An illegal immigrant from Mexico recently charged with stabbing a Denver-area judge was reportedly the subject of three deportation attempts that failed due to local sanctuary policies in the months leading up to the alleged crime.
According to a new investigative report from KUSA-TV, U.S. Immigrations and Customs Enforcement lodged three separate detainer requests for Jose Armenta-Vasquez, 39, last year — only to have Denver Sheriff's Department deputies ignore or deny them each time.
ICE submits detainer requests when someone suspected of being in the country illegally is arrested for a crime. The detainers are designed to inform local law enforcement so that they can hold the individual in question until federal immigration officers perform an investigation.
In this case, Denver law enforcement chose to release Armenta-Vasquez back into the public without giving ICE "adequate notification." Just one month after the third detainer request, police believe that Armenta-Vasquez repeatedly stabbed Adams County Magistrate David Blackett near his east Denver home. Blackett nearly died from his stab wounds, KCNC-TV reported.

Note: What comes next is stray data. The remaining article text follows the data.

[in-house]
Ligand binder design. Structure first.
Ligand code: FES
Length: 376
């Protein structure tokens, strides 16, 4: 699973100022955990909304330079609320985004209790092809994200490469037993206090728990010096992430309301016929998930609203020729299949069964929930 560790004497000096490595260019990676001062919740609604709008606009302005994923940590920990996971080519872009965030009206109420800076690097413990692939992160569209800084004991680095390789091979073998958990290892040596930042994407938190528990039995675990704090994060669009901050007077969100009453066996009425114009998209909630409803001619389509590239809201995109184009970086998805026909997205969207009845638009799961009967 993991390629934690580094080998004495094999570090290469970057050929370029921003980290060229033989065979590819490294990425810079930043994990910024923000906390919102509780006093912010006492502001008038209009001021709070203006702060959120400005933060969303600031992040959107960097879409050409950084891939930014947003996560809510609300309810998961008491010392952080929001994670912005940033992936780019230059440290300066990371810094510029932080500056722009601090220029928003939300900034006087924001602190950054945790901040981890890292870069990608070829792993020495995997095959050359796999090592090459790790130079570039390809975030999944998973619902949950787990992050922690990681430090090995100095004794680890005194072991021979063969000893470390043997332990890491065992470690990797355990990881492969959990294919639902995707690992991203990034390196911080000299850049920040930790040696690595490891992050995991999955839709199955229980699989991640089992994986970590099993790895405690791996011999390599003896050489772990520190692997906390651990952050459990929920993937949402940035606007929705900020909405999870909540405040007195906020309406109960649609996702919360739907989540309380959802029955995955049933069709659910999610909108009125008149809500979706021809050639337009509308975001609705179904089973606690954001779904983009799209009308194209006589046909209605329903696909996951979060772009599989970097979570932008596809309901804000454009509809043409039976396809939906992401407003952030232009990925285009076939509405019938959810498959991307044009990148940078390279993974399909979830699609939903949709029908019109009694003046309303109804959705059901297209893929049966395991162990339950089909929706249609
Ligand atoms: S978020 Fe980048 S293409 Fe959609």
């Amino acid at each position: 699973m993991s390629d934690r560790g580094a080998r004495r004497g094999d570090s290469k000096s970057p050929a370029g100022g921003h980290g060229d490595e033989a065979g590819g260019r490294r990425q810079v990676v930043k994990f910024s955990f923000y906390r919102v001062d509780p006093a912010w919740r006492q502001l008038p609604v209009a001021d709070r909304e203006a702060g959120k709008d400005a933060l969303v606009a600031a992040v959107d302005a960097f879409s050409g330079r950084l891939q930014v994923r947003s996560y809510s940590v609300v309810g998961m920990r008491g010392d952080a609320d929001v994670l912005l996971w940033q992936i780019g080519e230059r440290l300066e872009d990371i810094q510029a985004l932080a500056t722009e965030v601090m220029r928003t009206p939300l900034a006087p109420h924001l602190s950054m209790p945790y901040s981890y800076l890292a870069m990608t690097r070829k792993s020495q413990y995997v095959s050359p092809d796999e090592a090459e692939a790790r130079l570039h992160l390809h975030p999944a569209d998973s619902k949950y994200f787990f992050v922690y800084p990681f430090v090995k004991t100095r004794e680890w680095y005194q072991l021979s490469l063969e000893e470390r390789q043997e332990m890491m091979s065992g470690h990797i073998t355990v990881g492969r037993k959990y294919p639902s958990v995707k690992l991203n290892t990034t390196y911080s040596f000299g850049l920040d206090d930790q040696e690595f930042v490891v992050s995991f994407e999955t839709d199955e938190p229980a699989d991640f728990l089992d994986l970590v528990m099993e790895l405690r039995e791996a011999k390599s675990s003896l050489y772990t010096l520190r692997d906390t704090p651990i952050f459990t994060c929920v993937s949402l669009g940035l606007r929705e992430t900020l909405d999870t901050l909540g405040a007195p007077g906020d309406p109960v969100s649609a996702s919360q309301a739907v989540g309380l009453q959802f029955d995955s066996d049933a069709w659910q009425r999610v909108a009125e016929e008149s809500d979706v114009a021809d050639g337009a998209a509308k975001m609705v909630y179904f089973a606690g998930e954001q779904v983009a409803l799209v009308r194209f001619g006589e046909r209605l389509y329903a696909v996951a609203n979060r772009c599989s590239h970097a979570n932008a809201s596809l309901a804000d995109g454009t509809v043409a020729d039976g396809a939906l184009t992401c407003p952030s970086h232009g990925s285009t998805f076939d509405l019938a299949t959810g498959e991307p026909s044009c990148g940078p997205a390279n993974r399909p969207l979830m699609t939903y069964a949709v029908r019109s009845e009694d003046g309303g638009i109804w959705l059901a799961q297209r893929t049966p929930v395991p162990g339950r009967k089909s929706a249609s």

Though the crime was committed last summer, the suspect was not arrested until Jan. 14.
The Colorado Bureau of Investigation reported that Armenta-Vasquez has been arrested a whopping 36 times over the past two decades and has used two dozen aliases.
The detainer requests remain a sore subject in an ongoing feud between the city of Denver and ICE. Denver city officials have repeatedly said they cannot continue to hold anyone — no matter their immigration status — without a signed order from a judge.
ICE leadership, on the other hand, has repeatedly criticized the city of Denver for not being more cooperative with its detainer requests. ...
... When an inmate under a detainer request leaves the Denver jail — in lieu of bond, for example — Denver has elected only to give ICE what amounts to a short "heads up" via fax of the imminent release. Sometimes the fax comes a half-hour before release, and sometimes it comes a few hours before release, according to documents.
"They're not allowing us to assume custody in their jails," ICE Deputy Executive Director for Enforcement and Removal Operations Henry Lucero said on Fox News last month with regard to Denver's practices.
Denver is not the only jurisdiction in the U.S. that has adopted sanctuary practices that ultimately put the public at risk.
A recent Department of Homeland Security Office of Inspector General report found that sanctuary policies employed in jurisdictions around the country have amounted to more than 17,000 illegal aliens being at large as of last year.
(H/T: Town Hall)